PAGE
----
(This is part three of Life-Travel Balance week.)
Like many working twenty-somethings, my best friend and I GChat back and forth most days, her at her desk in Seattle, me at our kitchen table in Sayulita Mexico.
Last Wednesday she was complaining about some annoying guy in her office who was causing a disturbance. “I know how you feel,” I replied, “there is a donkey outside right now and it is being SO LOUD.”
Oh wait, that’s not normal, is it? People in offices aren’t generally harassed by roaming donkeys squealing at the top of their lungs, I reminded myself.
That got me thinking about how odd my typical day at “the office” is and how totally used to it I’ve become. After all, I haven’t worked a regular job in 3 and a half years. Over time I’ve adjusted to a lot of strange realities of working on the road.
The Portable Office
Do you have a desk? What’s on it? Probably your computer, your keyboard, maybe some files, a phone, a stapler, pictures of your family. When you sit down at your desk you know that it is time to work, or at least time to look like you are working.
I don’t have a desk. When we’re traveling my desk is basically my laptop. If I have wifi and my Macbook Air I’m good to go, whether I’m sitting on the beach, tucked into a cafe or crashing on a friend’s couch. Unfortunately my laptop is also my personal entertainment system, connection to the world back home and a general distraction machine. I use several computer programs to make sure I stay productive and don’t while away hours on Facebook instead.
Here in Mexico Mike and I mostly do our work sitting on opposite sides of the kitchen table. It’s one of the better set ups that I’ve had: when I turn my head I can see palm trees swaying in the breeze and the sparkling blue ocean down the street.
I’m a pretty solitary person so I actually don’t miss coworkers that much, especially since I still have Mike to bug me. I think that if I were working from home alone though the quiet might get to me after awhile. Yeah coworkers can be annoying and distracting, but sometimes you want that human interaction and GChat just won’t cut it.
Like the donkey I mentioned above, my world is full of strange distractions. There are the lizards that live in the tree outside our window (I’m obsessed with them). There is the crazy American lady downstairs who shouts at the passing tourists who don’t stop to look at her shop. There’s the churro truck that parks under my window every afternoon and wafts the delicious smell of fried dough up at me for hours on end. Then there is that beach, just down the street, just begging me to come lie on it…
I’ve had to develop serious concentration and self-discipline abilities if I’m ever going to get anything done. Which is important because…
Don’t work, Don’t get Paid
On the one hand, being self-employed means you get unlimited off days if you want. On the other, you definitely don’t get paid for them. Unless I am sitting at my computer, writing, querying, doing advertisements and running campaigns, I am not making money. Which means that in order to keep the money coming in, I need to be constantly hustling. Even though there isn’t anyone tracking my work hours, I work a pretty orthodox Monday-Friday week.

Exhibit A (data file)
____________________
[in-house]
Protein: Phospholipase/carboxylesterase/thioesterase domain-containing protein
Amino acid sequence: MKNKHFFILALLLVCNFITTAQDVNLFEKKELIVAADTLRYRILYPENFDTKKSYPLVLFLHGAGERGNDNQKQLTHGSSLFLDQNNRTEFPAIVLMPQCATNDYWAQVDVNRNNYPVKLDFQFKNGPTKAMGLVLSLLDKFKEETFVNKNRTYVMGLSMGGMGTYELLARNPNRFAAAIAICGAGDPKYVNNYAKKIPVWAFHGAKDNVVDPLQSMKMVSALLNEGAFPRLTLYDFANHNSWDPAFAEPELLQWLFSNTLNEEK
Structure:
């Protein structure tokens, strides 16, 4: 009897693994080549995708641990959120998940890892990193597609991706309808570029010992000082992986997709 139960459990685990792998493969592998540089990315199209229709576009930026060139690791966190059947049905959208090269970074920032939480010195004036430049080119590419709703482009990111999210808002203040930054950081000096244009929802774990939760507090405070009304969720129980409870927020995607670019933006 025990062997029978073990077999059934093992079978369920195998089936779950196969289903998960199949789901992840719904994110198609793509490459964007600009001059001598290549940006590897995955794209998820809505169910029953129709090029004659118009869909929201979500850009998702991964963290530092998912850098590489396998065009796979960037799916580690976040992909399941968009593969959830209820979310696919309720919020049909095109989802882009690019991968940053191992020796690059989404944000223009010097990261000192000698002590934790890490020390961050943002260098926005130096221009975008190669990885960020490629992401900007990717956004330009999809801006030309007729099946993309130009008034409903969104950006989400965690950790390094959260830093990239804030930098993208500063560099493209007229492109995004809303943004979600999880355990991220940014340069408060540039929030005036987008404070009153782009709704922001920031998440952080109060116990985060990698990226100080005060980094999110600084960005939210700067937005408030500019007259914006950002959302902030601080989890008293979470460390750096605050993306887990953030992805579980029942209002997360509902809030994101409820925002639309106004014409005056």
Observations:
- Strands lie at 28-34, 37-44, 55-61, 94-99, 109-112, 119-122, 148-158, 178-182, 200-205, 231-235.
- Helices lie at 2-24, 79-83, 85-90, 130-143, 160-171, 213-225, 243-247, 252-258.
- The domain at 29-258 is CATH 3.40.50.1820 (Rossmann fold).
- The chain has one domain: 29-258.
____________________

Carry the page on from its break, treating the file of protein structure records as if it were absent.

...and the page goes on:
This really complicates the whole work and travel dynamic I first envisioned for myself. Mike and I have tried many different combinations of work and travel at the same time, and often found ourselves totally burnt out and exhausted. We’ve discovered that for us, having a home base is essential for our sanity and relationship.
The Blurred Line
As a direct result of what I mentioned above, Mike and I struggle a lot with finding a work-life balance, much less a life-travel balance. When you don’t have any set hours, it is difficult to define quitting time. There is nobody to make us stop, and a never ending list of stuff that needs to get done. It’s hard to walk away when there is so much more you could accomplish (and money you could possibly make).
Lately I’ve been insisting on quitting work at around 6 pm each night and having at least one, if not two days off each weekend. I actually think this makes me laxer/lazier than most digital nomads I know who seem to work from the moment they are out of bed until it’s time to go to sleep, but I just can’t live like that.
The Bottom Line
Despite all of these weird job quirks, I really do like being self-employed. I like the self-determination, the variety, the fact that I get to decide what direction my career goes. I get to eschew alarm clocks, write all day and I only want to beat my head against the wall like 30% of the time.
My tips for people considering a digital nomad lifestyle are simple:
- Be realistic about your expectations. Some days you might get to work while sipping cocktails on the beach, but that’s not always the reality.
- Be honest. A lot of the first couple years of my journey was trial and error- learning what I could work with and what I couldn’t. I’d love to be a person who can wake up at 6 am, do 3 hours of writing and then go hang out at the beach all day, but that is not how my brain, or my job, works.
- Be flexible. Mike and I are constantly re-assessing what works for us. For a long time I eschewed the idea of travel-work-life balance completely. To me they were all the same thing: my life was working while I traveled. In the past year or so I’ve felt a kind of internal change, where I want to separate those threads again and have a life beyond my laptop and suitcase.
More and more I’ve come to see the balance between travel and life as a moving target. What works right now might be totally different than what works in a couple of years, and having the flexibility, and more importantly the will, to change is the only way to stay on top.